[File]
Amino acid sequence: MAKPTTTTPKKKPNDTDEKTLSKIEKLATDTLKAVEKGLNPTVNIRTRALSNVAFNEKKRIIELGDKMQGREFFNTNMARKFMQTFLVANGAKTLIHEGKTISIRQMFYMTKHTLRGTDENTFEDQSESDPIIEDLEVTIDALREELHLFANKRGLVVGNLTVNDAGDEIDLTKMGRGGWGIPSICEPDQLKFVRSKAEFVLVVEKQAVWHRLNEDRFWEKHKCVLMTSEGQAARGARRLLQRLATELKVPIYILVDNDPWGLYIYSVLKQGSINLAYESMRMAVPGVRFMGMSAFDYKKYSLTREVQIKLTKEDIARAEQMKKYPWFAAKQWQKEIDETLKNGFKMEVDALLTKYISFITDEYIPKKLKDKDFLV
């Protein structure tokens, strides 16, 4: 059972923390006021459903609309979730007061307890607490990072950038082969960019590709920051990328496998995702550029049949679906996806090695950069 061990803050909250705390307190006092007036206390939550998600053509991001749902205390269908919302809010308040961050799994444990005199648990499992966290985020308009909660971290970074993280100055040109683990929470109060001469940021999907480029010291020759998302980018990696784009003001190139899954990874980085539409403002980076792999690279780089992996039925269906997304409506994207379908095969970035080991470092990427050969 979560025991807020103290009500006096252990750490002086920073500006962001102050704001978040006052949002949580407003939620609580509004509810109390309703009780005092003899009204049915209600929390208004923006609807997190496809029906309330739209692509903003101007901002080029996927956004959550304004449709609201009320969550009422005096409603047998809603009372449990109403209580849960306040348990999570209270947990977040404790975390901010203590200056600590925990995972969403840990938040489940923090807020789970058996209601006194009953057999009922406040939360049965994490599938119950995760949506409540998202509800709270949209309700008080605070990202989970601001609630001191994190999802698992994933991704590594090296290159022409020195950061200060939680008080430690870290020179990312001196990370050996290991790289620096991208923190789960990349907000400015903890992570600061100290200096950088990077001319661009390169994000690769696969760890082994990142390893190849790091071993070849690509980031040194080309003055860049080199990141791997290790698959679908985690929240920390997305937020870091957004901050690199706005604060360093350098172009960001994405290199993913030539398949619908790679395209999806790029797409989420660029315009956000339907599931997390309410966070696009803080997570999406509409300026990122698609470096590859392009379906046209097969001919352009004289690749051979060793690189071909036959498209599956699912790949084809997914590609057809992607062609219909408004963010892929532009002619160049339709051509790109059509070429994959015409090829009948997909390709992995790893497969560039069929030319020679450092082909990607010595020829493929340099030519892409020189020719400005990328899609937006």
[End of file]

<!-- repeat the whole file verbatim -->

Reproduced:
Amino acid sequence: MAKPTTTTPKKKPNDTDEKTLSKIEKLATDTLKAVEKGLNPTVNIRTRALSNVAFNEKKRIIELGDKMQGREFFNTNMARKFMQTFLVANGAKTLIHEGKTISIRQMFYMTKHTLRGTDENTFEDQSESDPIIEDLEVTIDALREELHLFANKRGLVVGNLTVNDAGDEIDLTKMGRGGWGIPSICEPDQLKFVRSKAEFVLVVEKQAVWHRLNEDRFWEKHKCVLMTSEGQAARGARRLLQRLATELKVPIYILVDNDPWGLYIYSVLKQGSINLAYESMRMAVPGVRFMGMSAFDYKKYSLTREVQIKLTKEDIARAEQMKKYPWFAAKQWQKEIDETLKNGFKMEVDALLTKYISFITDEYIPKKLKDKDFLV
């Protein structure tokens, strides 16, 4: 059972923390006021459903609309979730007061307890607490990072950038082969960019590709920051990328496998995702550029049949679906996806090695950069 061990803050909250705390307190006092007036206390939550998600053509991001749902205390269908919302809010308040961050799994444990005199648990499992966290985020308009909660971290970074993280100055040109683990929470109060001469940021999907480029010291020759998302980018990696784009003001190139899954990874980085539409403002980076792999690279780089992996039925269906997304409506994207379908095969970035080991470092990427050969 979560025991807020103290009500006096252990750490002086920073500006962001102050704001978040006052949002949580407003939620609580509004509810109390309703009780005092003899009204049915209600929390208004923006609807997190496809029906309330739209692509903003101007901002080029996927956004959550304004449709609201009320969550009422005096409603047998809603009372449990109403209580849960306040348990999570209270947990977040404790975390901010203590200056600590925990995972969403840990938040489940923090807020789970058996209601006194009953057999009922406040939360049965994490599938119950995760949506409540998202509800709270949209309700008080605070990202989970601001609630001191994190999802698992994933991704590594090296290159022409020195950061200060939680008080430690870290020179990312001196990370050996290991790289620096991208923190789960990349907000400015903890992570600061100290200096950088990077001319661009390169994000690769696969760890082994990142390893190849790091071993070849690509980031040194080309003055860049080199990141791997290790698959679908985690929240920390997305937020870091957004901050690199706005604060360093350098172009960001994405290199993913030539398949619908790679395209999806790029797409989420660029315009956000339907599931997390309410966070696009803080997570999406509409300026990122698609470096590859392009379906046209097969001919352009004289690749051979060793690189071909036959498209599956699912790949084809997914590609057809992607062609219909408004963010892929532009002619160049339709051509790109059509070429994959015409090829009948997909390709992995790893497969560039069929030319020679450092082909990607010595020829493929340099030519892409020189020719400005990328899609937006």